The news may come as a shock to the Dean of U. Toronto’s Rotman School of Management, Roger Martin, and all those who have been preaching to the Canadian government that “what makes a country prosperous is not investment in science and technology,” but “businesses having unique products and processes that a customer needs.” Jim Simons has done it again, and has donated $60 million for the establishment of an Institute for the Theory of Computing at UC-Berkeley. And guess what! Google, IBM, Yahoo and Microsoft have all expressed interest in collaborating. Neither the donation, nor the interest of these corporate leaders come as a surprise to the world’s mathematical sciences community. Indeed, these corporations never hid their addiction to mathematical advances nor their dependence on mathematical talent, and the donation is but a drop in the bucket of what Jim Simons had already contributed intellectually and financially to advanced basic research.
James H. Simons, is well known to the mathematical, physical and computational sciences communities, but also to those who are doing research on Autism. He has already donated more than $150-million to Stony Brook University alone, including a huge contribution to its Simons Center for Geometry and Physics. He has also donated to UC-Berkeley and MIT, but also to the Mathematical Science Research Institute (MSRI), to Princeton’s Institute of Advanced Studies (IAS), and even to the Beirut-based Center for Advanced Mathematical Sciences (CAMS) –the latter for the establishment of the Michael Attiyah Chair.
Jim and Marilyn Simons had established and endowed the Simons Foundation with “a mission to advance the frontiers of research in mathematics and the basic sciences”. The Foundation “sponsors a range of programs that aim to promote a deeper understanding of our world.” In 2006, he recruited my good friend and my accomplice in the founding of the Banff International Research Station, David Eisenbud, to be the Foundation’s first director for Mathematics and the Physical Sciences (MPS).
The Simons Foundation is essentially a counterpart/supplement to the National Science Foundation. In 2010, its MPS program issued its first requests for grant applications for post-doctoral fellowships, travel grants to promote collaboration between researchers, endowed chairs to create professorships that combine mathematics with other fields (such as energy, and the biological sciences), and now a major grant to endow an institute for theoretical computer science. Other projects include the Africa Mathematics Project, intended to bolster mathematics scholarship on the African continent, and an oral history project consisting of interviews with renowned mathematicians and scientists.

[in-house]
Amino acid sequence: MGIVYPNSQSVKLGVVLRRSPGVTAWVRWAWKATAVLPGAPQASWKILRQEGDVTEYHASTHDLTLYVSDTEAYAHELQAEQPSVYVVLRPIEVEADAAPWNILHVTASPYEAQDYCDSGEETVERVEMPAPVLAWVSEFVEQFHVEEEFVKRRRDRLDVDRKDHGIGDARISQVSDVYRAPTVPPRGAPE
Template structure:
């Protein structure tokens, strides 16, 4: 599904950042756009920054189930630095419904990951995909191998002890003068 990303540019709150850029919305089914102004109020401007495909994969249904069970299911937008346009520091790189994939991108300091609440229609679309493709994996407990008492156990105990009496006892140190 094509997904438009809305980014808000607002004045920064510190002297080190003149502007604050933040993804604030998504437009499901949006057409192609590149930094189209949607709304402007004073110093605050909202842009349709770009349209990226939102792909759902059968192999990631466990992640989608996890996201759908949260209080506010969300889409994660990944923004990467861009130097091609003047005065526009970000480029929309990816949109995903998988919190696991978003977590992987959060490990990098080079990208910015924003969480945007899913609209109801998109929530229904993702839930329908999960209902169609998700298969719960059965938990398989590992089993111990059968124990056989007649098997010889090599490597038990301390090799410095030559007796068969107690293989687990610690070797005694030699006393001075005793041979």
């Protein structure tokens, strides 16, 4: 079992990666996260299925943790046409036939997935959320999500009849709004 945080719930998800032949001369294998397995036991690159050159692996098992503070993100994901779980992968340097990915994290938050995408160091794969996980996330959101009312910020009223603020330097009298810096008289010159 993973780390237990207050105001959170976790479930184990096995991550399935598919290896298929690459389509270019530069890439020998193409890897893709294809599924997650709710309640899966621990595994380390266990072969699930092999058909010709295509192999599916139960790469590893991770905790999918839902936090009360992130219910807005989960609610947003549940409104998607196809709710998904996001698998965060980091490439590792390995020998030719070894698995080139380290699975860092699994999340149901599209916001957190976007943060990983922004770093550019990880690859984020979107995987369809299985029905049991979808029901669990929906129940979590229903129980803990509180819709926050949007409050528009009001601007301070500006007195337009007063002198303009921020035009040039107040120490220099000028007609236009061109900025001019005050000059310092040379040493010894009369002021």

The Simons Foundation also supports the life sciences by funding research that promotes synergy between biology and mathematics. Such projects have included quantitative biology programs at Cold Spring Harbor Laboratory, the Institut des Hautes Études Scientifiques (IHES), the Institute for Advanced Study (IAS), and the Rockefeller University. The Foundation’s single largest initiative has been in autism research, which seeks to improve the diagnosis and treatment of autism spectrum disorders.
But who is Jim Simons? Well, the man is a practicing mathematician, a differential geometer to be precise. But you guessed it, this is not how he made his fortune. And no, he didn’t make his billions by writing a simpleton computer program for a glorified super webpage à la Mark Zuckerberg.
In 1968, James Simons was simply the chairman of the mathematics department at Stony Brook University. For his seminal work on differential geometry, especially his discovery with Shiing-Shen Chern of the so-called “Chern-Simons invariants,” he was awarded the 1976 Oswald Veblen Prize by the American Mathematical Society. This work had made him a household name among mathematicians and physicists, particularly string theorists. In 1978, he left academia to run an investment fund that traded in commodities and financial instruments on a discretionary basis.
He eventually founded Renaissance Technologies’ hedge funds, which employs mathematical models to analyze and execute trades. Renaissance uses computer-based models to predict price changes in easily traded financial instruments. These models are based on analyzing as much data as can be gathered, then looking for non-random movements to make predictions. To do that, Renaissance mostly employs grads and post-grads in mathematics, physics and statistics.
And do you remember when mathematical models were miscast as villains in some accounts –including those by the NY Times– of the current financial crisis? Well, it turned out that these mathematical models were responsible for keeping the hedge funds of Simons’ firm spectacularly profitable. Forbes magazine estimates his current worth at $10.6 billion. Some people say that, “in a classic case of giving back, profits from those funds are now being used to benefit the discipline from which the models emerged”.
What about this new Simons Institute for the Theory of Computing? Well, it will cover everything from complexity theory, algorithms, machine learning, randomness and pseudo-randomness, zero-knowledge proof, computer networks, to computer vision, robotics, and streaming algorithms.
The institute’s first director? As expected, Simons and Eisenbud went for the very best, Richard Karp, known for his contributions to the theory of algorithms and bio-informatics, for which he received a Turing Award in 1985, The Benjamin Franklin Medal in 2004, and the Kyoto Prize in 2008.
Yes, this country is lucky to have Mike Lazaridis, who has been the patron saint of Theoretical Physics in Canada, including his magic touch to attract government support. But to involve the rest of us in the universal quest for a deeper understanding of our world, Canada may yet need a Jim Simons.